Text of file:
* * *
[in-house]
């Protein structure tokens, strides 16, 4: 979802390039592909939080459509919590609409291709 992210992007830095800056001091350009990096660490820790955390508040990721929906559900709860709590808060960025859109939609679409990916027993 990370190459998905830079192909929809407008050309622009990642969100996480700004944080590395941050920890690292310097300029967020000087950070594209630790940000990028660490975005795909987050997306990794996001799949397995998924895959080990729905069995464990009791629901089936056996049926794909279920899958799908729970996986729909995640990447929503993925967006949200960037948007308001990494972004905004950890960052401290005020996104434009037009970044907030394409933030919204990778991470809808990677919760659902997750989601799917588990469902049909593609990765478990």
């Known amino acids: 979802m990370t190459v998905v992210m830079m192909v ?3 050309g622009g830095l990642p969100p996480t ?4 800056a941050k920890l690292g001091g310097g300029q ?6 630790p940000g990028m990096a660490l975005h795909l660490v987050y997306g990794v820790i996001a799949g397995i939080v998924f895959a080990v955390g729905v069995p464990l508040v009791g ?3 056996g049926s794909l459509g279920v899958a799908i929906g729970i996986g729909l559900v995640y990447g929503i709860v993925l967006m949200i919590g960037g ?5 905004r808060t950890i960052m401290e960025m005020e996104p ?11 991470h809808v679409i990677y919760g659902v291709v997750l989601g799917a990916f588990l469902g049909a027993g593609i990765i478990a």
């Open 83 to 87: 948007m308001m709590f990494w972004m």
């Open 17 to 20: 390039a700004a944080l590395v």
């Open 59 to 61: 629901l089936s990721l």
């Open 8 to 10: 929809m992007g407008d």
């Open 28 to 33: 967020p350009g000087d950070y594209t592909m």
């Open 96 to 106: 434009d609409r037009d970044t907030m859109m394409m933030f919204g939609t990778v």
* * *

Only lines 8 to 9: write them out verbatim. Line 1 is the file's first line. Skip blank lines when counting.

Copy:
């Open 28 to 33: 967020p350009g000087d950070y594209t592909m």
């Open 96 to 106: 434009d609409r037009d970044t907030m859109m394409m933030f919204g939609t990778v």